The Sienese alley where the world ends
On the square in front of the Church of the Holy Spirit, on the right as you look at the church itself, you will see Vicolo di Finimondo.
Today, the Vicolo di Finimondo alley located in the Nobile Contrada del Nicchio neighbourhood has no outlets, ending in a wall where an eighteenth-century tabernacle stands out with the Madonnina di Finimondo, elected by the entire Pispini district as a Marian tabernacle and object of worship.
Every year, on the feast of Our Lady, the children of the Contrada fill the district and decorate the tabernacle.
Finisterre comes from the Latin finis terrae, which translates to ‘end of the world’. In Galicia, it’s where the Camino de Santiago de Compostela starts and finishes.
Finisterre and Finimondo both share the symbol of a shell, which is also the symbol of the Cammino di Santiago and the Contrada del Nicchio, where the high and narrow alley starts from Piazza di Santo Spirito.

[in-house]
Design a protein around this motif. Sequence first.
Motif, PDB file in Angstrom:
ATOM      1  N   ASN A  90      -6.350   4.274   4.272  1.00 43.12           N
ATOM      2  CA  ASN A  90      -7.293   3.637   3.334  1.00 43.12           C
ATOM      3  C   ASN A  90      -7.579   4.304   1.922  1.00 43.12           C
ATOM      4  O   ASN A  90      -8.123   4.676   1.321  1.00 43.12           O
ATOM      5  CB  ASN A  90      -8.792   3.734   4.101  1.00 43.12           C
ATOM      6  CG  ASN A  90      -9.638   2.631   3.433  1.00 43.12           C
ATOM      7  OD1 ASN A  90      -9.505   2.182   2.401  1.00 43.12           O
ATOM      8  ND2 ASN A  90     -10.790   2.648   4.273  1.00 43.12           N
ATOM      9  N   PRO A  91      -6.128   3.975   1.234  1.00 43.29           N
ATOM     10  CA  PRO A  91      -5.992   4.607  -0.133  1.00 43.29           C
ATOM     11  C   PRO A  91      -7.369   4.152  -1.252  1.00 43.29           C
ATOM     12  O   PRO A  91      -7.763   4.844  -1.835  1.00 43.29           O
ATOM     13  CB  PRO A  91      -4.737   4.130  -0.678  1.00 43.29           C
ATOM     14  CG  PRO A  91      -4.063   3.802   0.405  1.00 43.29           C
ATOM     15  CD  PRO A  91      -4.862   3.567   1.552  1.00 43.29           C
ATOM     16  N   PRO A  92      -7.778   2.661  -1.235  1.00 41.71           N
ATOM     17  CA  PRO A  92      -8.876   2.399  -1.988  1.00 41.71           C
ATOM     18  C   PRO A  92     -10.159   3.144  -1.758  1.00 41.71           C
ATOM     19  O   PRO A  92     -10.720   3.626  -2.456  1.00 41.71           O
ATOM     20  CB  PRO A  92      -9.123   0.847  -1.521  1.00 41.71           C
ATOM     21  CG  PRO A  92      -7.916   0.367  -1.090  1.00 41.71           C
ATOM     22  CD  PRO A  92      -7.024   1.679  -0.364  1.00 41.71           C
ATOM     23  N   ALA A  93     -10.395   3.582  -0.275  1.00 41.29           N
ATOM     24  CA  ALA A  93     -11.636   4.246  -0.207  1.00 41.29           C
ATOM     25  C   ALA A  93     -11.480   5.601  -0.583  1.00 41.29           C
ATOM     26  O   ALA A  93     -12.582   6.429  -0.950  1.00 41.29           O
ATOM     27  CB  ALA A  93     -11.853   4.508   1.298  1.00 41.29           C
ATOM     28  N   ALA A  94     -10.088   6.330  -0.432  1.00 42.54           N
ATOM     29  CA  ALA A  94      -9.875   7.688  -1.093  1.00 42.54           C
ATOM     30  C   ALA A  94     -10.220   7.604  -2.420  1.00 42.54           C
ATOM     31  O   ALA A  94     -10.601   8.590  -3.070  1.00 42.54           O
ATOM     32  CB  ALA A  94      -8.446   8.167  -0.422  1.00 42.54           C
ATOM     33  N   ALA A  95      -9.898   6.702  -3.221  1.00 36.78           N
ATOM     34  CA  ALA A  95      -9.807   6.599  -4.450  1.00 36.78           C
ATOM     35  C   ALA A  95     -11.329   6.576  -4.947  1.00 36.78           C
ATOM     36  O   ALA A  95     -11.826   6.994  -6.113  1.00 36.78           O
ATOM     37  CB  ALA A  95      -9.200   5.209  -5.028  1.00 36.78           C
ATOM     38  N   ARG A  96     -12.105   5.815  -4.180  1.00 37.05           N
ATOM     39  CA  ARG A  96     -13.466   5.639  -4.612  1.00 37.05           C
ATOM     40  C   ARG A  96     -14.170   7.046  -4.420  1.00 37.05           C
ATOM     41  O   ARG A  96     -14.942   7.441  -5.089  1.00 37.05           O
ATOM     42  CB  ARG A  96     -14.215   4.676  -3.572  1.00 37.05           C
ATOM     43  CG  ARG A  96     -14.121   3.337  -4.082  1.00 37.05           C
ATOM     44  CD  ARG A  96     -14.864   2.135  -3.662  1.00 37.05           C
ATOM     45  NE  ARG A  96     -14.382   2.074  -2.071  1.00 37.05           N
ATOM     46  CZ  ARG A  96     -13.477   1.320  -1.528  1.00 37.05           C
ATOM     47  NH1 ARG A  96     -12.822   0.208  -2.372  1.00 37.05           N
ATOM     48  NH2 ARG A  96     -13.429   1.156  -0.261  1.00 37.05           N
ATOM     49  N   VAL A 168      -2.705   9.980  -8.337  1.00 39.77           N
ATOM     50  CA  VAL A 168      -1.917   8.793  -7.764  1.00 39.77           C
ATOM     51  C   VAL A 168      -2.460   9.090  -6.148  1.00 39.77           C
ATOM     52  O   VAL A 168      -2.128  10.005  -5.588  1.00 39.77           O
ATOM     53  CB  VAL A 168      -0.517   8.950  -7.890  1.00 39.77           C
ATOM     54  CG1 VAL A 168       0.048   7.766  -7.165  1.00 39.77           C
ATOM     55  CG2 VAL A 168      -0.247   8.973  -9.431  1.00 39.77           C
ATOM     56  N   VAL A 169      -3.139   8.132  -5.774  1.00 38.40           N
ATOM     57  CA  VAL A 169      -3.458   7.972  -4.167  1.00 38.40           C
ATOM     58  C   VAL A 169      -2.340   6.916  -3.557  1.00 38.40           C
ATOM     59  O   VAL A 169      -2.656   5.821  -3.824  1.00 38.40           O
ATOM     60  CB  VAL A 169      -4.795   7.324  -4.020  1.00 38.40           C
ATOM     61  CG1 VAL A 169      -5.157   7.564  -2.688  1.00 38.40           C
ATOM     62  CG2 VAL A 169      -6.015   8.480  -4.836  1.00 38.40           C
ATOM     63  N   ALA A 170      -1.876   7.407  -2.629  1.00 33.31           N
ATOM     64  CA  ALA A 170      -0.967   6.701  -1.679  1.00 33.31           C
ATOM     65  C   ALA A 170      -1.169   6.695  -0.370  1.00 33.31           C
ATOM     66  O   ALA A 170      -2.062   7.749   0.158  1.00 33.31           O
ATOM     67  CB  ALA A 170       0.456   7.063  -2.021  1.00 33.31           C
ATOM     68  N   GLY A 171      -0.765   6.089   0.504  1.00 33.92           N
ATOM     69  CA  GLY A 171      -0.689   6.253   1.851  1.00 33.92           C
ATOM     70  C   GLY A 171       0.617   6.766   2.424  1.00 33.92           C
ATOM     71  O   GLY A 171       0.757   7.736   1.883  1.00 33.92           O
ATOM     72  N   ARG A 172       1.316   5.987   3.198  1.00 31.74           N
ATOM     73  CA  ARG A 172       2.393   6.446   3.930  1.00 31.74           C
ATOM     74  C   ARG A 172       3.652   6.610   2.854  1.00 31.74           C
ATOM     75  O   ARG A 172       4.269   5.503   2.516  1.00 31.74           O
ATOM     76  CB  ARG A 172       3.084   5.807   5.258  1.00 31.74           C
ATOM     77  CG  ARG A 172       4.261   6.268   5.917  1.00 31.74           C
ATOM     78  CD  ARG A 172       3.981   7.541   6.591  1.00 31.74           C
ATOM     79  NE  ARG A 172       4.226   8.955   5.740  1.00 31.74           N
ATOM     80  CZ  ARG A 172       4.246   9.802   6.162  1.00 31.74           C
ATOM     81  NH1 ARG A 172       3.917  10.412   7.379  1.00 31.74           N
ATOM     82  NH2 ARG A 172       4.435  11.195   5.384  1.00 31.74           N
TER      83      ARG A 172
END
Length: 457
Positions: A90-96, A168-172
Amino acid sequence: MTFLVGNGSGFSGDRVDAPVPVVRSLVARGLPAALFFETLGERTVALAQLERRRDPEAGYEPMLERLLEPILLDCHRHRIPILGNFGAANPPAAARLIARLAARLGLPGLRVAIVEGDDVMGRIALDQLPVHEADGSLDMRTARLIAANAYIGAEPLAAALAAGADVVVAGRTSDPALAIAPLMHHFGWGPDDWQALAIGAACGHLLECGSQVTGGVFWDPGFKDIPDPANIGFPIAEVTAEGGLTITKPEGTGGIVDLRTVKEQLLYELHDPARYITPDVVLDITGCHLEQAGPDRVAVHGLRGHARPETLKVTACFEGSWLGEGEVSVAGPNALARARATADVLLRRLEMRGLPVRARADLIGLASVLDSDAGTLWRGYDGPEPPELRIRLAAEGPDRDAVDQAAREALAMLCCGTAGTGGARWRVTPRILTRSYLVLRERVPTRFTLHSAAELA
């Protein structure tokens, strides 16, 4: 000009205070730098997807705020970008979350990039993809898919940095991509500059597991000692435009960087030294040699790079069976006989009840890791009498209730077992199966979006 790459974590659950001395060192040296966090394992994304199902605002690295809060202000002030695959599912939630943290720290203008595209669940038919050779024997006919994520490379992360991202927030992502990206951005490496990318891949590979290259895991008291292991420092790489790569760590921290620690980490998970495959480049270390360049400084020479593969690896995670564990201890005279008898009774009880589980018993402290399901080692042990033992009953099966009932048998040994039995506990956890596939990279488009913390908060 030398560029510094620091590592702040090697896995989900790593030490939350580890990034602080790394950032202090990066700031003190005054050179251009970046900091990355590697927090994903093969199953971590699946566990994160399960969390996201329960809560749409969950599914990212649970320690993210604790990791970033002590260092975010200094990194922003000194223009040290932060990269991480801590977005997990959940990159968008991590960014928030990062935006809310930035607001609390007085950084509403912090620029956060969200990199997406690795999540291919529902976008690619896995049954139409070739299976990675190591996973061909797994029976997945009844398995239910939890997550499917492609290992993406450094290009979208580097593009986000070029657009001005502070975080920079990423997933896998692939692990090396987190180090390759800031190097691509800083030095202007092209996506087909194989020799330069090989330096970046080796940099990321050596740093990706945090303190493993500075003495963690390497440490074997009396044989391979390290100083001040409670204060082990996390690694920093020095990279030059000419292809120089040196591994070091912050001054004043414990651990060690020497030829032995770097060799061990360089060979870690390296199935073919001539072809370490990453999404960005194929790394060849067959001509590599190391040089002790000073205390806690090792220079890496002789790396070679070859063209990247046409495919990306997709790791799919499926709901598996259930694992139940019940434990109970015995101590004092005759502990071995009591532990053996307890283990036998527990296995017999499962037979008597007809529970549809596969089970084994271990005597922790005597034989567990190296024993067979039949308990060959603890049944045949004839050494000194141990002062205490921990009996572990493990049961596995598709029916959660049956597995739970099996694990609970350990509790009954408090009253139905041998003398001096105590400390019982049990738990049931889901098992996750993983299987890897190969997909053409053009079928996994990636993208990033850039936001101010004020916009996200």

On one side is the former convent, now a prison, and on the other is a series of buildings attached to each other. And in the Church of the Holy Spirit, there is a statue of St. James with the shell of Santiago.
The term finimondo ascribed to a dead-end street led Virgilio Grassi, a great connoisseur of Sienese history, to write that the bizarre name came ‘from having no end, almost as if, by popular exaggeration, the world ended in it’.
Actually, the place name finimondo has a very different origin. In the Middle Ages the road passed behind the houses on Via dei Pispini, skirted the Abbadia Nuova, and exited through the gate of Busseto. From this road one reached a farm that was located just outside the walls called, precisely, Podere Finimondo. Therefore, it’s likely that before the construction of the building that blinded the alley, it led to a small doorway that accessed the land of this farm.
Always visible wonder